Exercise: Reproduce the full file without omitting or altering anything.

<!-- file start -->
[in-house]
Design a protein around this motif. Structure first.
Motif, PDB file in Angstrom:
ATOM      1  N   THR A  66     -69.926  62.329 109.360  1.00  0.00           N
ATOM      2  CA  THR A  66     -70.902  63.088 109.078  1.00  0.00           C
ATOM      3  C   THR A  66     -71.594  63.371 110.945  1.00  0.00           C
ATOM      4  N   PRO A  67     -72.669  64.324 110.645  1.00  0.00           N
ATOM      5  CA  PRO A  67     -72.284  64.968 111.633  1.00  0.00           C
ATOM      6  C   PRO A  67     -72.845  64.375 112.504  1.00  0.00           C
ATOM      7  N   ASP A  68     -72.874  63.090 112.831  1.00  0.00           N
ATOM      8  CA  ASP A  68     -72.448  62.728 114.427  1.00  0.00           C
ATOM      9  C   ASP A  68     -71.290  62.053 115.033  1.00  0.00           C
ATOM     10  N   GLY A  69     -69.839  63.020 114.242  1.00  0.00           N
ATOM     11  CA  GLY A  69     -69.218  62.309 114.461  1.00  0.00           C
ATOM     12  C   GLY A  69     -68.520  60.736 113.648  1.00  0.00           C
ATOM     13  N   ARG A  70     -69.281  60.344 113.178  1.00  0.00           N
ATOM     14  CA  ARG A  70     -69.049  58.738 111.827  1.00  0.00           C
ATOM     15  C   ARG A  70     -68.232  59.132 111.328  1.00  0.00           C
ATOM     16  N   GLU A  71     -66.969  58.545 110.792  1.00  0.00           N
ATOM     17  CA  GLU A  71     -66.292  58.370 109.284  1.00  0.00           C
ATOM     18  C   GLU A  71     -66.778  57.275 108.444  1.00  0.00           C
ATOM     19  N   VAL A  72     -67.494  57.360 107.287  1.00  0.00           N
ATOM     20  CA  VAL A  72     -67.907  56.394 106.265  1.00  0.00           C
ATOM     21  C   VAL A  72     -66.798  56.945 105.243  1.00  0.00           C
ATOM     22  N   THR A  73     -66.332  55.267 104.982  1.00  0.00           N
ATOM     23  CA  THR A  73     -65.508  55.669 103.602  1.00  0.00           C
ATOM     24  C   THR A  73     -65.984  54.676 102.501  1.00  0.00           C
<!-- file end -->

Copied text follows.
[in-house]
Design a protein around this motif. Structure first.
Motif, PDB file in Angstrom:
ATOM      1  N   THR A  66     -69.926  62.329 109.360  1.00  0.00           N
ATOM      2  CA  THR A  66     -70.902  63.088 109.078  1.00  0.00           C
ATOM      3  C   THR A  66     -71.594  63.371 110.945  1.00  0.00           C
ATOM      4  N   PRO A  67     -72.669  64.324 110.645  1.00  0.00           N
ATOM      5  CA  PRO A  67     -72.284  64.968 111.633  1.00  0.00           C
ATOM      6  C   PRO A  67     -72.845  64.375 112.504  1.00  0.00           C
ATOM      7  N   ASP A  68     -72.874  63.090 112.831  1.00  0.00           N
ATOM      8  CA  ASP A  68     -72.448  62.728 114.427  1.00  0.00           C
ATOM      9  C   ASP A  68     -71.290  62.053 115.033  1.00  0.00           C
ATOM     10  N   GLY A  69     -69.839  63.020 114.242  1.00  0.00           N
ATOM     11  CA  GLY A  69     -69.218  62.309 114.461  1.00  0.00           C
ATOM     12  C   GLY A  69     -68.520  60.736 113.648  1.00  0.00           C
ATOM     13  N   ARG A  70     -69.281  60.344 113.178  1.00  0.00           N
ATOM     14  CA  ARG A  70     -69.049  58.738 111.827  1.00  0.00           C
ATOM     15  C   ARG A  70     -68.232  59.132 111.328  1.00  0.00           C
ATOM     16  N   GLU A  71     -66.969  58.545 110.792  1.00  0.00           N
ATOM     17  CA  GLU A  71     -66.292  58.370 109.284  1.00  0.00           C
ATOM     18  C   GLU A  71     -66.778  57.275 108.444  1.00  0.00           C
ATOM     19  N   VAL A  72     -67.494  57.360 107.287  1.00  0.00           N
ATOM     20  CA  VAL A  72     -67.907  56.394 106.265  1.00  0.00           C
ATOM     21  C   VAL A  72     -66.798  56.945 105.243  1.00  0.00           C
ATOM     22  N   THR A  73     -66.332  55.267 104.982  1.00  0.00           N
ATOM     23  CA  THR A  73     -65.508  55.669 103.602  1.00  0.00           C
ATOM     24  C   THR A  73     -65.984  54.676 102.501  1.00  0.00           C